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Why National Sorry Day is so important

We remember and acknowledge the government mistreatment of Aboriginal and Torres Strait Islander peoples.
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Why is Sorry Day important?

According to the Australian government, somewhere between 1 in 3 and 1 in 10 indigenous Australian children were forcibly removed from their families between 1910 and as late as 1970.

National Sorry Day has been recognised since 26 May 1998.

(Image: Getty)

The ironies and hipocrisies of the Child Removal Policy are vast and wide. As early as 1789 white settlers had forcibly taken over land belonging to indigenous peoples. Massacres and revenge killings were commonplace.

By 1910 so many aboriginal and Torres Strait Islander people had been killed, the British Parliament declared the indigenous peoples to be in danger of being wiped out. So they came up with a solution.

The solution was to remove the children from their ‘endangered’ homes and place them in missionaries and institutions. Many biracial children were placed with white foster families in order to train them to be ‘white’.

At least 100,000 children were removed from their families.

(Image: Getty)

According to the Bringing Them Home Report, ‘at least 100,000 children’ were removed from their families and communities during this time. “A common practice was simply to remove the child forcibly, often in the absence of the parent but sometimes even by taking the child from the mother’s arms,” says the report.

It’s not difficult to see why a national apology was required.

The Bringing Them Home Report

In May 1997, the Bringing Them Home report was tabled in Parliament, and as a result, National Sorry Day has been recognised since 26 May 1998.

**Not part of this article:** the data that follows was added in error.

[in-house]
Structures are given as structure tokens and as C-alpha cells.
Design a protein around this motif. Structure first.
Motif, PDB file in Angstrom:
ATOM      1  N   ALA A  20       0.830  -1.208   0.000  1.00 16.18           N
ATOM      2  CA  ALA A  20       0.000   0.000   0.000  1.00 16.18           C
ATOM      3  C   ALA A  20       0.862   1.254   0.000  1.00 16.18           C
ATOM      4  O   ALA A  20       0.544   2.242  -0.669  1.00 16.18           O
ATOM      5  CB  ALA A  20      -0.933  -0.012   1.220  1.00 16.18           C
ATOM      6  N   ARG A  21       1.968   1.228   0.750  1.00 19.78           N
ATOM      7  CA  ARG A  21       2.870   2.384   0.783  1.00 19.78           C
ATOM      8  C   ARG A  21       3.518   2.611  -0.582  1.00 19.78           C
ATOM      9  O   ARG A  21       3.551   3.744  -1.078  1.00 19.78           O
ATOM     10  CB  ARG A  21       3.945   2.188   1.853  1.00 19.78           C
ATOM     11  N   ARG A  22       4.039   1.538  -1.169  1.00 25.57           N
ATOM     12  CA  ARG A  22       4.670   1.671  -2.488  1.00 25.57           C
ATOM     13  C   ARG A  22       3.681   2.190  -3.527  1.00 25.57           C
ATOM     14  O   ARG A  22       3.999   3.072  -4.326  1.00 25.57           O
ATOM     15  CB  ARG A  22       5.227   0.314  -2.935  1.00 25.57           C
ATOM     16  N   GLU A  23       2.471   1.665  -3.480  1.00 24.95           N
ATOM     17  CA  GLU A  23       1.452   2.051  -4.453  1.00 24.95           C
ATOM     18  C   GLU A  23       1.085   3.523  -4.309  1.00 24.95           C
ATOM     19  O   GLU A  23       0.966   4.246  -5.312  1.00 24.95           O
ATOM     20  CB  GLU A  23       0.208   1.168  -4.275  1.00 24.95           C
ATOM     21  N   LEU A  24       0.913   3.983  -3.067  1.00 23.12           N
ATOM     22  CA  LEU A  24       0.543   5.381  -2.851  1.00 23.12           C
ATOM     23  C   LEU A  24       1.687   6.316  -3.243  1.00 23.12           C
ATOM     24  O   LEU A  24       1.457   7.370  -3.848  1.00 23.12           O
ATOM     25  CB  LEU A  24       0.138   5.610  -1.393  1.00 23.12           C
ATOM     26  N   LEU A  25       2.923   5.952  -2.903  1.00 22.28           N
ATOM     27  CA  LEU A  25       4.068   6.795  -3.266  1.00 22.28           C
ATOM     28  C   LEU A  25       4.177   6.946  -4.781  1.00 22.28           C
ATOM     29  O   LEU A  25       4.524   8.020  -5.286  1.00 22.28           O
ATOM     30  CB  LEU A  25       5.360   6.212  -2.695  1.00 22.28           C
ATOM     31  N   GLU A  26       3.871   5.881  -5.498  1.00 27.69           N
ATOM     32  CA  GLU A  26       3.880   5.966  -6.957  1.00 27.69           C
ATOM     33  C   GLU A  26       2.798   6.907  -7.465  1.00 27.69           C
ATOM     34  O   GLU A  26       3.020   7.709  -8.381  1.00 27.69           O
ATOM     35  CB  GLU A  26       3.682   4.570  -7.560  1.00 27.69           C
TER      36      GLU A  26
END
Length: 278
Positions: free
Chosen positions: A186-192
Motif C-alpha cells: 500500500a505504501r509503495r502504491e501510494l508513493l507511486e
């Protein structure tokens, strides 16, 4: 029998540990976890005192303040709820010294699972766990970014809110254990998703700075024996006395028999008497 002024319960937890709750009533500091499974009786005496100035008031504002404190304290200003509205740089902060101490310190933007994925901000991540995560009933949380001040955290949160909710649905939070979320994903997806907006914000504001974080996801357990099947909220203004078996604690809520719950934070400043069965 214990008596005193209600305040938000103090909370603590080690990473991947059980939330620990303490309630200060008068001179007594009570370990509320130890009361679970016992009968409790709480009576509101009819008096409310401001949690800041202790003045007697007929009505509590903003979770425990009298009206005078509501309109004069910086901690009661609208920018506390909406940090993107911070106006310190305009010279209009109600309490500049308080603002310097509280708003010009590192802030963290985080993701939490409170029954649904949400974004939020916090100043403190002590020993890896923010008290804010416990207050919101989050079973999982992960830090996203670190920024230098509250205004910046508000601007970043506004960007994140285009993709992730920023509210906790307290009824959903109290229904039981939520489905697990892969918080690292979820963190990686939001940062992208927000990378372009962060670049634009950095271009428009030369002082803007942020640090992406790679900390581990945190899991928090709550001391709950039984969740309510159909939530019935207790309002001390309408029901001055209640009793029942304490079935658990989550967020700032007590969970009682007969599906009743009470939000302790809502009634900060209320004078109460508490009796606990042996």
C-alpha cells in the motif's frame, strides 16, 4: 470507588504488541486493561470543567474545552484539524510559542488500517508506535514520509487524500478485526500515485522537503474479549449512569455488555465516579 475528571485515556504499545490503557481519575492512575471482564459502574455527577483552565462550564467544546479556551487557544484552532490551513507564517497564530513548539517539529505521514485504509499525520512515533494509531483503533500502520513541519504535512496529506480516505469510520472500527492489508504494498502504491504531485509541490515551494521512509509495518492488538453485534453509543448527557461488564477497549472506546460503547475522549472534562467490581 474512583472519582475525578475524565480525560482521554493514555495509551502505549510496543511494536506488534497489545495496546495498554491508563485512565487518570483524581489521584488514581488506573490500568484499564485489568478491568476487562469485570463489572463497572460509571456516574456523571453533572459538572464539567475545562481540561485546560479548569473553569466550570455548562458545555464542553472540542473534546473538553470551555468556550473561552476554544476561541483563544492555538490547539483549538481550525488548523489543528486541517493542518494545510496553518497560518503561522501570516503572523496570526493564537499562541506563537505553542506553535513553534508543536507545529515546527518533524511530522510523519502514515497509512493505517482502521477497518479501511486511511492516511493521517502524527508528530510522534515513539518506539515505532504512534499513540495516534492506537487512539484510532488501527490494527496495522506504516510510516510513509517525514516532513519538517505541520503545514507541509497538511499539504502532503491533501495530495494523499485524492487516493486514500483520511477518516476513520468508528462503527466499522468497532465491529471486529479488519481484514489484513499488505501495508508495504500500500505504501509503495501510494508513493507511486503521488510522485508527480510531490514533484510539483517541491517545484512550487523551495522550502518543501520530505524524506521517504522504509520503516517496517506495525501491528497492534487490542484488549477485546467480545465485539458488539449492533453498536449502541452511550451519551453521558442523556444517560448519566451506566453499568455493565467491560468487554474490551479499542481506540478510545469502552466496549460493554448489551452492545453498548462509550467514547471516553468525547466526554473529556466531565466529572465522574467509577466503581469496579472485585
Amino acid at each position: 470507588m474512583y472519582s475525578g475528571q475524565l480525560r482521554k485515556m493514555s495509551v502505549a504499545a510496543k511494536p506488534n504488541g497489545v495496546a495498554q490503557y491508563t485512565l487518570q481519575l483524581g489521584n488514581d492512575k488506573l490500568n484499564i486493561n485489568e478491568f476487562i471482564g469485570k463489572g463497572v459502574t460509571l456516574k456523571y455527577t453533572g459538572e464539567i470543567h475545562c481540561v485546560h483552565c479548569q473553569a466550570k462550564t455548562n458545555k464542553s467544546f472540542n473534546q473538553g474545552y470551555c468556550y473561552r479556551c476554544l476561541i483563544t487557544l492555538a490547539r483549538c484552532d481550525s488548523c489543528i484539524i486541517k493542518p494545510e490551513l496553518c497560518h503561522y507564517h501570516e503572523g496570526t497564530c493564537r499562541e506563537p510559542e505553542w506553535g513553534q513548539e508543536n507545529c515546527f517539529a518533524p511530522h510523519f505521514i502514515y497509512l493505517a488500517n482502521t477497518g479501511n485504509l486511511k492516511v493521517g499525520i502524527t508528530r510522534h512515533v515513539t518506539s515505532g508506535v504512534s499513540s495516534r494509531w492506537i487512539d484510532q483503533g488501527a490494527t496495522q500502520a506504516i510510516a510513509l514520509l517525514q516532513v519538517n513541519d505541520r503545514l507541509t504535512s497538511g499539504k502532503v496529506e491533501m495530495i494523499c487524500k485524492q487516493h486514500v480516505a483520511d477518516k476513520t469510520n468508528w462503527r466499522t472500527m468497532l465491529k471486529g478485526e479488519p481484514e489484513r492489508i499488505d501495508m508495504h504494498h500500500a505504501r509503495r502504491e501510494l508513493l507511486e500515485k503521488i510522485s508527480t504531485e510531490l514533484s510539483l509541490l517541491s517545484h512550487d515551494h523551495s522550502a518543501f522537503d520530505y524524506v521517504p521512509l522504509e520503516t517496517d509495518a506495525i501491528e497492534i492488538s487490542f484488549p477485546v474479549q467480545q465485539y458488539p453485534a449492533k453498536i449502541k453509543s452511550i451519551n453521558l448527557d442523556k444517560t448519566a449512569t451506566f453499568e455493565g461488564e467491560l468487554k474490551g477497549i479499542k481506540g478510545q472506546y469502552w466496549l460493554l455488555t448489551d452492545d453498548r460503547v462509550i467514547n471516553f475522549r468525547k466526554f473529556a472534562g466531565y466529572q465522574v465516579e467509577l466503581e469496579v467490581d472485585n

The report also recommended that the Prime Minister (John Howard) make a public apology to the Aboriginal and Torres Strait Islander Stolen Generations. Howard decided against it.

It wasn’t until 13 February 2008 that Prime Minister Kevin Rudd issued a full apology in his Sorry Speech.

“We apologise for the laws and policies of successive parliaments and governments that have inflicted profound grief, suffering and loss on these our fellow Australians,” Kevin Rudd, the former Prime Minister of Australia said.

“We apologise especially for the removal of Aboriginal and Torres Strait Islander children from their families, their communities and their country. For the pain, suffering and hurt of these stolen generations, their descendants and for their families left behind, we say sorry.”

Those removed from their homes were three times more likely to say they had no-one to call on in a crisis.

(Image: Getty)

Some words from the Stolen Children

A 10-year-old indigenous girl was removed from her mother in Western Australia in 1935.

She says: “I was at the post office with my Mum and Auntie [and cousin]. They put us in the police ute and said they were taking us to Broome. They put the mums in there as well. But when we’d gone [about ten miles] they stopped, and threw the mothers out of the car.”